Marketing to the older generation
It’s easy to assume that online marketing, websites and mobile technology is a waste of money when it comes to attracting an older audience, but you’d be very much mistaken.
The number of people aged 65 and over accessing the internet has risen by more than 25% in the last year. Greater awareness and understanding, coupled with education and ease of access is making the internet a more appealing place for the over 65’s. The Ofcom Adults’ Media Use and Attitudes Report 2014 found that tablets are a large driving force in this shift, with 17% of over 65’s using a tablet in 2013, up from just 5% in 2012.
This isn’t just good news for big brands with an online presence, trusted local retailers often have a band of loyal customers who have been shopping with them for a long time. Finding that a local Nottingham business, such as a butchers, has a website and social media presence where they alert customers to new deliveries and offers is appealing to audiences of all ages.
There are a few things to consider when it comes to marketing to the older generation online though…
Website that aren’t optimised for mobile devices are infuriating for anyone; as the over 65’s tend to access the internet via a tablet, ensure your website and other platforms use responsive design and are appealing regardless of the screen on which it is being viewed.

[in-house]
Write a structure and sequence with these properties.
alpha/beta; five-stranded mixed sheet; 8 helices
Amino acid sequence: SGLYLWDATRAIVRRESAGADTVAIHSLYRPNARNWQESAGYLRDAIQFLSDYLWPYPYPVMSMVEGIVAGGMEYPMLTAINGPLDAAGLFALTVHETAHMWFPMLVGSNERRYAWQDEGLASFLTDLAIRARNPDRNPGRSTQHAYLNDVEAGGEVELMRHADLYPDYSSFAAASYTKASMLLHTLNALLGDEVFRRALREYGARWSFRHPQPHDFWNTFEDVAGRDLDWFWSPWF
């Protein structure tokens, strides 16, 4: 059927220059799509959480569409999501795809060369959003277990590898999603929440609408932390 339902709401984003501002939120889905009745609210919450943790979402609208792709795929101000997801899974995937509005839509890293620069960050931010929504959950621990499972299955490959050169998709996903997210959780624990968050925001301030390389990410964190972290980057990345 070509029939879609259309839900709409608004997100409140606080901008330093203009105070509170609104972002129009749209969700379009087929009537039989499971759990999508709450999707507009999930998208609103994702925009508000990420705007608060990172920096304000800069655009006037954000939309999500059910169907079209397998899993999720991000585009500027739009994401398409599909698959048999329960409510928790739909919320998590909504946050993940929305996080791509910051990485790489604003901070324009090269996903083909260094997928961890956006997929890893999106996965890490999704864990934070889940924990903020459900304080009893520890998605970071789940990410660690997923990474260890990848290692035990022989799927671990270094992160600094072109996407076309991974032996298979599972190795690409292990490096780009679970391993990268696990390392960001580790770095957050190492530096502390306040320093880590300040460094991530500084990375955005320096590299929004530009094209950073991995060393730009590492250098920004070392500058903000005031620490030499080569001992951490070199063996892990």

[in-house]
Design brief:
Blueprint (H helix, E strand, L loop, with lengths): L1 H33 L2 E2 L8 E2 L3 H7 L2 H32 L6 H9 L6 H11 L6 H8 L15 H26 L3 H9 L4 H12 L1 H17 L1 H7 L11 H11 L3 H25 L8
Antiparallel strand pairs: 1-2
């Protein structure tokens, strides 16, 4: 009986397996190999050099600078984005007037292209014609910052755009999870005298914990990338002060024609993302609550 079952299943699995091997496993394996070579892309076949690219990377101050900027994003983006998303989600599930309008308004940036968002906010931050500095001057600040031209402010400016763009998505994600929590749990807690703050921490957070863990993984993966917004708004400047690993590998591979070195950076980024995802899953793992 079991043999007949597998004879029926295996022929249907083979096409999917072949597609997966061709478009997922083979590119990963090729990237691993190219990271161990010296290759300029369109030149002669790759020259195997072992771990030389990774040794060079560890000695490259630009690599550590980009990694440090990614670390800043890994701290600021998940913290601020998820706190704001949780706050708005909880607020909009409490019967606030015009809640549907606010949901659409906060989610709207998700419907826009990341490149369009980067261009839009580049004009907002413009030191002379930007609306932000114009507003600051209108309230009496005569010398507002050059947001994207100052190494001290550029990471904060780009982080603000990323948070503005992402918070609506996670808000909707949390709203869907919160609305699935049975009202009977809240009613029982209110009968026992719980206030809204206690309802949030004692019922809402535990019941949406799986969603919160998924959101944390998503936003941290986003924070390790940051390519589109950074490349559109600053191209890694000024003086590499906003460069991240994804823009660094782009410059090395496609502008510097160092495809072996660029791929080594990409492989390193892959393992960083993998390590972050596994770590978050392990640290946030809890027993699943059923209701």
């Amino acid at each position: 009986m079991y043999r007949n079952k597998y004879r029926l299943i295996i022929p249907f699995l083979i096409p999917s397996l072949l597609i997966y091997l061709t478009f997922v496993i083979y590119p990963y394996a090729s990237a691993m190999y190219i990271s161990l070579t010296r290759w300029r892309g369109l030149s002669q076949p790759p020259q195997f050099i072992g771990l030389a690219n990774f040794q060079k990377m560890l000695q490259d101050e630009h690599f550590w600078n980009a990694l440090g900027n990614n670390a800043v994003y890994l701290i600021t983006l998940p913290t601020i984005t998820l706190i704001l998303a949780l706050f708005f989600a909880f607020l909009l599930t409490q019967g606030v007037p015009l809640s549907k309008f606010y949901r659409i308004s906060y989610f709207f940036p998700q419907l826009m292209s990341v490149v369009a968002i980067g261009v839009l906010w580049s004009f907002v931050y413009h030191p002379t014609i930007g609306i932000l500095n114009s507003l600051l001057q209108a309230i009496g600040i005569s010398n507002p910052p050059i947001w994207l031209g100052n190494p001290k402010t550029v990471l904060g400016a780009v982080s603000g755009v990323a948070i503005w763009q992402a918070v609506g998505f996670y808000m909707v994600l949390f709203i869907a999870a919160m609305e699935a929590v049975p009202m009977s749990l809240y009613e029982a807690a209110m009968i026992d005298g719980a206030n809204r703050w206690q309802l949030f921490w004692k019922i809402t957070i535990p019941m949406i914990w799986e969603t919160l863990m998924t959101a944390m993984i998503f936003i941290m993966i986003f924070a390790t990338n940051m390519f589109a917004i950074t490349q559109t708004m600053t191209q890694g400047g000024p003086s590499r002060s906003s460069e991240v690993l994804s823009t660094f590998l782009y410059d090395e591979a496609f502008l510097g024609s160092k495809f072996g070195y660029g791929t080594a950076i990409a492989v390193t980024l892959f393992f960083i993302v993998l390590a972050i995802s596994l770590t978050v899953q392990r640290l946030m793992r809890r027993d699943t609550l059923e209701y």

Ease of access
Motor skills in the over 65’s are not the same as those in their 20’s, so simple tasks like tapping a button can be more difficult. It’s always good to undertake testing on any new website development and if you are targeting an older audience, get someone of their age to test it too. Making sure buttons are big enough, not too close together and the menu is clearly labelled for ease of use.
This is particularly pertinent when it comes to social marketing. Only 30% of over 65’s now regularly access social media, so it’s a great channel for marketing too them, however be weary of using too much jargon! Social media has lots of different terms, slag phrases and new words (such as Tweet or hashtag) that can isolate those who don’t understand.
Future generations will have grown up with mobile and online technology, making it second nature to them. But for the next few decades, marketers will need to be aware that the over 65’s audience is there but allowances need to be made in order to appeal to them.